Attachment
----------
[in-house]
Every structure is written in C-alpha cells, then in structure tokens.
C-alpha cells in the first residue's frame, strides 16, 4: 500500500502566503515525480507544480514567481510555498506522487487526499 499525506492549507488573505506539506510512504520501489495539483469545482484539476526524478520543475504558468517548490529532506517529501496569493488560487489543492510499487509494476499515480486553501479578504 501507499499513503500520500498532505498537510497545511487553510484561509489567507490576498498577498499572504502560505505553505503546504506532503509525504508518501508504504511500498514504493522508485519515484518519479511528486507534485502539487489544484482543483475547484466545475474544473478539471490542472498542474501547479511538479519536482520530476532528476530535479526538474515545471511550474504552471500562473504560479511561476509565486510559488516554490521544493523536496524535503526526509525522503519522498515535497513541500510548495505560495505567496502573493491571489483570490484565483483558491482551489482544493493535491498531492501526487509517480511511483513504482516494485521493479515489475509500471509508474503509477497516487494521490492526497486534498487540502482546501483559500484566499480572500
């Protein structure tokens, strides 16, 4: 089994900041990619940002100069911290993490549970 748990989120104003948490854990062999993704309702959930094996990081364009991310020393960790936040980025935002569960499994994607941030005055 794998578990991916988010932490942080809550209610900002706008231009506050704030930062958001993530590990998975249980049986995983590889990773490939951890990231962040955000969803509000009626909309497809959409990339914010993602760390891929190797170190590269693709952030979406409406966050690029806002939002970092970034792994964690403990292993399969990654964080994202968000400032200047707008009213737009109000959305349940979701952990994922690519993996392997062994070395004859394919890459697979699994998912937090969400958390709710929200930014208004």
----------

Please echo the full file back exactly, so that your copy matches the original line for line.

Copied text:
[in-house]
Every structure is written in C-alpha cells, then in structure tokens.
C-alpha cells in the first residue's frame, strides 16, 4: 500500500502566503515525480507544480514567481510555498506522487487526499 499525506492549507488573505506539506510512504520501489495539483469545482484539476526524478520543475504558468517548490529532506517529501496569493488560487489543492510499487509494476499515480486553501479578504 501507499499513503500520500498532505498537510497545511487553510484561509489567507490576498498577498499572504502560505505553505503546504506532503509525504508518501508504504511500498514504493522508485519515484518519479511528486507534485502539487489544484482543483475547484466545475474544473478539471490542472498542474501547479511538479519536482520530476532528476530535479526538474515545471511550474504552471500562473504560479511561476509565486510559488516554490521544493523536496524535503526526509525522503519522498515535497513541500510548495505560495505567496502573493491571489483570490484565483483558491482551489482544493493535491498531492501526487509517480511511483513504482516494485521493479515489475509500471509508474503509477497516487494521490492526497486534498487540502482546501483559500484566499480572500
């Protein structure tokens, strides 16, 4: 089994900041990619940002100069911290993490549970 748990989120104003948490854990062999993704309702959930094996990081364009991310020393960790936040980025935002569960499994994607941030005055 794998578990991916988010932490942080809550209610900002706008231009506050704030930062958001993530590990998975249980049986995983590889990773490939951890990231962040955000969803509000009626909309497809959409990339914010993602760390891929190797170190590269693709952030979406409406966050690029806002939002970092970034792994964690403990292993399969990654964080994202968000400032200047707008009213737009109000959305349940979701952990994922690519993996392997062994070395004859394919890459697979699994998912937090969400958390709710929200930014208004």